Eugene Stoner

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Eugene Stoner
Mr. Eugene M. Stoner.jpg
Born(1922-11-22)November 22, 1922
DiedApril 24, 1997(1997-04-24) (aged 74)
Engineering career
Significant design AR-15 and other small arms

Eugene Morrison Stoner (November 22, 1922 – April 24, 1997) was an American firearms designer who is most associated with the development of the ArmaLite AR-15 rifle that was modified by the US military as the M16 rifle.


Early life

The son of Lloyd Lester Stoner and Billie Morrison, [1] Stoner attended high school in Long Beach and upon graduation worked for the Vega Aircraft Company installing armament.

During World War II, he enlisted for Aviation Ordnance in the U.S. Marine Corps and served in the South Pacific and northern China.


In late 1945 Stoner began working in the machine shop for Whittaker, an aircraft equipment company, and ultimately became a Design Engineer.

In 1954 he came to work as chief engineer for ArmaLite, a division of Fairchild Engine & Airplane Corporation. While at ArmaLite, he designed a series of prototype small arms, including the AR-3, AR-9, AR-11, AR-12, none of which saw significant production. Their only real success during this period was the AR-5 survival rifle, which was adopted by the United States Air Force. [2]

ArmaLite AR-10 AR-10 in the National Firearms Museum.jpg
ArmaLite AR-10

In 1955, Stoner completed initial design work on the revolutionary ArmaLite AR-10, a lightweight (7.25 lbs.) select-fire infantry rifle in 7.62×51mm NATO caliber. The AR-10 was submitted for rifle evaluation trials to the US Army's Aberdeen Proving Ground late in 1956. In comparison with competing rifle designs previously submitted for evaluation, the AR-10 was smaller, easier to fire in automatic, and much lighter. However it arrived very late in the testing cycle, and the army rejected the AR-10 in favor of the more conventional T44, which became the  M14. The AR-10's design was later licensed to the Dutch firm of Artillerie Inrichtingen, who produced the AR-10 until 1960 for sale to various military forces. [3]

ArmaLite AR-15 ArmaLite AR-15 SPAR 3240 DEC. 17. 2004.png
ArmaLite AR-15
M16A1 rifle M16A1 brimob.jpg
M16A1 rifle

At the request of the U.S. military, Stoner's chief assistant, Robert Fremont along with Jim Sullivan designed the Armalite AR-15 from the basic AR-10 model, scaling it down to fire the small-caliber .223 Remington cartridge, slightly enlarged to meet the minimum Army penetration requirements. The AR-15 was later adopted by United States military forces as the M16 rifle. [3] [4]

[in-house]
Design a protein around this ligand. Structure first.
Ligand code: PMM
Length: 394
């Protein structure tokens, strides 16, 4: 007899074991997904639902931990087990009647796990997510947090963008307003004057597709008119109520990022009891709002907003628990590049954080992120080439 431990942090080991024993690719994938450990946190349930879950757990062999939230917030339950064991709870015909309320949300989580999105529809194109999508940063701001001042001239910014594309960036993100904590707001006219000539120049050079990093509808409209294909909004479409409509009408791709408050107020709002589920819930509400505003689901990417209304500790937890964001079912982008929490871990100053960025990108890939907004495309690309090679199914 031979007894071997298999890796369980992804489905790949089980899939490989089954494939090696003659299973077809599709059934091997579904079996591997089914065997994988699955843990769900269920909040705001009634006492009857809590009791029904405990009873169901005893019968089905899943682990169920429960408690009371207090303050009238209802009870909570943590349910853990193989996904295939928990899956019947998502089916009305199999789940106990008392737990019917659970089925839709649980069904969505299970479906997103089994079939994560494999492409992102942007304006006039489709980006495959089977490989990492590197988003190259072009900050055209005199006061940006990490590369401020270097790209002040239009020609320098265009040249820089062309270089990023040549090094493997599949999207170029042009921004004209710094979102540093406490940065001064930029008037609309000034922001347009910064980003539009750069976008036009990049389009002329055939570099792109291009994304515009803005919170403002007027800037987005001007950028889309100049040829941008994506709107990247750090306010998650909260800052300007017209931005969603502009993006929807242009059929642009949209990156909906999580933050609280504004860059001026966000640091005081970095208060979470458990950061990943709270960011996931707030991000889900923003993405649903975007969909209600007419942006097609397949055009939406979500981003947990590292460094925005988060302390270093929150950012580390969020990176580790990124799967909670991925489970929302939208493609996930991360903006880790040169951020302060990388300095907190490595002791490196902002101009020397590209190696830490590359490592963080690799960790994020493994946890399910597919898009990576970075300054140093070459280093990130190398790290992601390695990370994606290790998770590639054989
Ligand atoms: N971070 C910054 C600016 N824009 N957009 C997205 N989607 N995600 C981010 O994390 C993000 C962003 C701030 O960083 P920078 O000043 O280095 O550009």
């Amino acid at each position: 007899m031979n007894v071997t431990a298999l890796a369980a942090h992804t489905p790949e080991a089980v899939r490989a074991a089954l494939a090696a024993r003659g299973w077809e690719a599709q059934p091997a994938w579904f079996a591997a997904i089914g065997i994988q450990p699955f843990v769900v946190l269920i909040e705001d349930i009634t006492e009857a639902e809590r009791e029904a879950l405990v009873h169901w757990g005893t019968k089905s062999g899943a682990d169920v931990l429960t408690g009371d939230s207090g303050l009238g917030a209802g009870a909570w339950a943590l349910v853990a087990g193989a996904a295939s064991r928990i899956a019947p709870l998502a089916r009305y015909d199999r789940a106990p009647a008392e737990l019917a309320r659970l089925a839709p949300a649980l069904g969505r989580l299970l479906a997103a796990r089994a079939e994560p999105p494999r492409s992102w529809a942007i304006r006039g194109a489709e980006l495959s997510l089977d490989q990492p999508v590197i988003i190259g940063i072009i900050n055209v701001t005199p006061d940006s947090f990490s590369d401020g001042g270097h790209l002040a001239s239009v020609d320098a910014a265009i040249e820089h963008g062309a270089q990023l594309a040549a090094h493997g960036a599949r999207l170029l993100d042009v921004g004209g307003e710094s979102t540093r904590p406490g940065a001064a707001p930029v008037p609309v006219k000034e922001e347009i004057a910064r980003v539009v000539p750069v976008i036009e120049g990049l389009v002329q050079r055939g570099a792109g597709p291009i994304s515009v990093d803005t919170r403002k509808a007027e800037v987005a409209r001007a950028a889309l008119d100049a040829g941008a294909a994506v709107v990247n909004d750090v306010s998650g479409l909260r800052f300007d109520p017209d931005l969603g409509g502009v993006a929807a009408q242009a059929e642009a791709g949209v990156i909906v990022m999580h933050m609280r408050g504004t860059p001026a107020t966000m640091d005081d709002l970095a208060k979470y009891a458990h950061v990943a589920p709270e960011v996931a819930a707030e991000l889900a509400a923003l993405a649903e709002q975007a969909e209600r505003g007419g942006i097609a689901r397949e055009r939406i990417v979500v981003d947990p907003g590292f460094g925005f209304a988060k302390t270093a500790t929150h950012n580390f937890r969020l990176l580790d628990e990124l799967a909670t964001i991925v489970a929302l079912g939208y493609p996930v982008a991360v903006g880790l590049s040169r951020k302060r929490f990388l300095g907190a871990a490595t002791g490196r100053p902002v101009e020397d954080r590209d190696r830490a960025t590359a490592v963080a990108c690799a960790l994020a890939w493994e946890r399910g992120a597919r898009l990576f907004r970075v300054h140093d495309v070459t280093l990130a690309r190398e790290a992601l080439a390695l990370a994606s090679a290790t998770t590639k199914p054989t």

After ArmaLite sold the rights to the AR-15 to the Colt Firearms Company, Stoner turned his attention to the AR-16 design. This was another advanced 7.62 mm rifle but used a more conventional piston and a number of stamped parts to reduce cost. This weapon saw only prototype development but adaptation to .223 resulted in the somewhat successful and often imitated Armalite AR-18. [3]

Stoner 63 rifle Stoner 63.JPG
Stoner 63 rifle

Stoner left ArmaLite in 1961 to serve as a consultant for Colt. He eventually accepted a position with Cadillac Gage where he designed the Stoner 63 Weapons System. [3] This was a modular weapons system which could be reconfigured to be a standard automatic rifle, a light machine gun, a medium machine gun, or a solenoid-fired fixed machine gun.

The Stoner Weapons System used a piston-operated gas impingement system. Once again, Robert Fremont and Jim Sullivan took a Stoner rifle and redesigned it for the .223 Remington cartridge, to create the Stoner 63 Weapons System. [5]

Stoner then worked with TRW by designing the TRW 6425 25 mm Bushmaster auto cannon, which was later manufactured by Oerlikon as the KBA. [2]

He co-founded ARES Incorporated of Port Clinton, Ohio, in 1972, but left the company in 1989, after designing the Ares Light Machine Gun, sometimes known as the Stoner 86. It was an evolved version of the Stoner 63. At Ares, he also designed the Future Assault Rifle Concept (FARC). [2]

KAC SR-25 rifle SR-25 pic02.jpg
KAC SR-25 rifle

In 1990, he joined Knight's Armament Company (KAC) to create the Stoner Rifle-25 (SR-25), which currently sees military service as the United States Navy Mark 11 Mod 0 Sniper Weapon System. While at KAC, he also worked on yet another version of the Stoner Weapons System, called the Stoner 96. Among his last designs were the SR-50 rifle and the Colt 2000. [6]

Mikhail T. Kalashnikov

Eugene M. Stoner, left, and Mikhail T. Kalashnikov hold the rifles they designed, taken May 1990. Stoner meets Kalashnikov.jpg
Eugene M. Stoner, left, and Mikhail T. Kalashnikov hold the rifles they designed, taken May 1990.

On May 16, 1990, Eugene M. Stoner and Mikhail T. Kalashnikov would meet for the first time. They would spend the next few days talking, sharing stories, shopping, going out to dinner and touring Washington D.C. They visited the Smithsonian Institution, the NRA’s National Firearms Museum, and a hunting lodge owned by the gun club at Star Tannery, where they went shooting. They would also visit the Marine Corps base in Quantico, Virginia, where they watched new weapons being tested. During this short visit both men, intimately familiar with the other's work, shared a common bond and became friends, "not needing an interpreter to get their thoughts across." [7]